Thank Goodness for Henry A. Fish

Rough Draft of Fish Map , 1923

Henry A. Fish is not a name that comes immediately to mind when thinking about Duxbury history, but it should.  His unpublished “Notes” as well as his published booklet entitled Duxbury Massachusetts Ancient and Modern: A Sketch with Map and Key (1923) are quite possibly the most used items in the Drew Archives. 

He was born in 1853 in New Ipswich and married Alice Carson in 1880.  The couple settled in Duxbury, living in the Prior Farm house on Depot Street.  The house was in a perfect location for Henry, who worked for the nearby Old Colony Railroad.   For a time he supplemented his income by making brooms and brushes and sold farm equipment.  He also dabbled in photography.  During his later years, however, he became too ill to work.  While his wife, Alice, took in boarders to pay the bills,  Henry filled his days researching local history.  It is my understanding that Alice was completely unaware of what he was doing and was rather surprised to see the published pamphlets arrive at the back door.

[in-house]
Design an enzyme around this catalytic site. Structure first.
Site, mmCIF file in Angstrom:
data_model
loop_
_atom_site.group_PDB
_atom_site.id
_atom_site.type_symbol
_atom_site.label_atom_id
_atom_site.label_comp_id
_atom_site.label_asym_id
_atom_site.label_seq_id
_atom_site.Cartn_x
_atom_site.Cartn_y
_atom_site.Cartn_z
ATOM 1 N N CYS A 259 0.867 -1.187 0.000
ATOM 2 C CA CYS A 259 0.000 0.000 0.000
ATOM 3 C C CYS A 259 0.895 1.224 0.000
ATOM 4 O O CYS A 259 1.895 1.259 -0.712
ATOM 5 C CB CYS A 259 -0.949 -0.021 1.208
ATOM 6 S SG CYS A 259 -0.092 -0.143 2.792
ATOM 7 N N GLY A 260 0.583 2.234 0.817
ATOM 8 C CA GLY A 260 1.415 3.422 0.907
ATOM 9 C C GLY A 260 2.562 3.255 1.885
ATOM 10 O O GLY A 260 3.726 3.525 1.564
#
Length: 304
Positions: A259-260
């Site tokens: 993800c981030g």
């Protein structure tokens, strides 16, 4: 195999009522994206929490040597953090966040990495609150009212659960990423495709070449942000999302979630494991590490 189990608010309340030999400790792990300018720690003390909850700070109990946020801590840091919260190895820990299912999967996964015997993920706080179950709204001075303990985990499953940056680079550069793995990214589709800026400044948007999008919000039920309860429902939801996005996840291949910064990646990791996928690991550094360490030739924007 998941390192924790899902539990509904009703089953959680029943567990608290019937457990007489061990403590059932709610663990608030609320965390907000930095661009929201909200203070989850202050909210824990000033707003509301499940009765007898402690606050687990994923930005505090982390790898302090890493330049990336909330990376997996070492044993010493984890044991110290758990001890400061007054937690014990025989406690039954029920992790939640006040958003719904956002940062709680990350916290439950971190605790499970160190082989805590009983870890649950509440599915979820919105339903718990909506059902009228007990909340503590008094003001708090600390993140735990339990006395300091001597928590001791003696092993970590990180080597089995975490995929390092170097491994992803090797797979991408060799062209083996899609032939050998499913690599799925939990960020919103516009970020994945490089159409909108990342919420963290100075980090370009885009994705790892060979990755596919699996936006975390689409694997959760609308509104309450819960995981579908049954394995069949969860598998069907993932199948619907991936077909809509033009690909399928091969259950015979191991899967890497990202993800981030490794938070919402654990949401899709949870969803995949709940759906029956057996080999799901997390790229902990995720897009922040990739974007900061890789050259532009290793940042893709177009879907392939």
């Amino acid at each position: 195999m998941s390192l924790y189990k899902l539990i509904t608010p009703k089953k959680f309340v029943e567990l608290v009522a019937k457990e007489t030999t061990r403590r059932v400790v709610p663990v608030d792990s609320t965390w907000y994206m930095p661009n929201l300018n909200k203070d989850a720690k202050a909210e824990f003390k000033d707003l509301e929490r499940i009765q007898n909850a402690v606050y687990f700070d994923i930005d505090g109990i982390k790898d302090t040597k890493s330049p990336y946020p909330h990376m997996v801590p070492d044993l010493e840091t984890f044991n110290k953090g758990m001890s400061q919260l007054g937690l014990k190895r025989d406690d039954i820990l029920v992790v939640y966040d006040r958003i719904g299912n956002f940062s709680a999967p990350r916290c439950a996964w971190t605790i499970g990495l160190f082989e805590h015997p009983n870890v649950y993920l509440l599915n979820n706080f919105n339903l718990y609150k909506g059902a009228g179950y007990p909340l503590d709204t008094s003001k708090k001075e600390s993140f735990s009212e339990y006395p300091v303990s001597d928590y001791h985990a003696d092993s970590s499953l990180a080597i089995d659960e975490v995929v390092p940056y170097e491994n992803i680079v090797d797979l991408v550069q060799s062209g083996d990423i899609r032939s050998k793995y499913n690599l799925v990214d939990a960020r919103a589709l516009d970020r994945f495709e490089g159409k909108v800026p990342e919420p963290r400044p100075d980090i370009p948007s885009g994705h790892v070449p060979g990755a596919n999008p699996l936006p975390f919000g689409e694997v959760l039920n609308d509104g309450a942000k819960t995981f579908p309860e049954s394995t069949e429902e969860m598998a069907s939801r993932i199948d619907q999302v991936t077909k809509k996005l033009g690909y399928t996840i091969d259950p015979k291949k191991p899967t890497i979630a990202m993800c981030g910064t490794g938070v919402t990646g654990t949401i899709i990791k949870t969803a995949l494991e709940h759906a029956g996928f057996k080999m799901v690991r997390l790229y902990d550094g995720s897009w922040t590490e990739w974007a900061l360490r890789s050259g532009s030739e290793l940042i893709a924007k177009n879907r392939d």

I refer almost everyone who comes to the Archives to the “Fish Notes” and “Fish Map.”  While there are certainly errors that have been pointed out by historians over the years, the overall work is quite impressive and very comprehensive.  He was lucky enough to live at time when many of the “cellar holes”  of the original Duxbury settlers were still visible.  His map carefully plots out where each cellar hole was located and to whom it belonged.  For those decendents and genealogists looking for where  exactly their ancestors lived, the map and key are invaluable. 

So, here’s to you Henry, and thanks!

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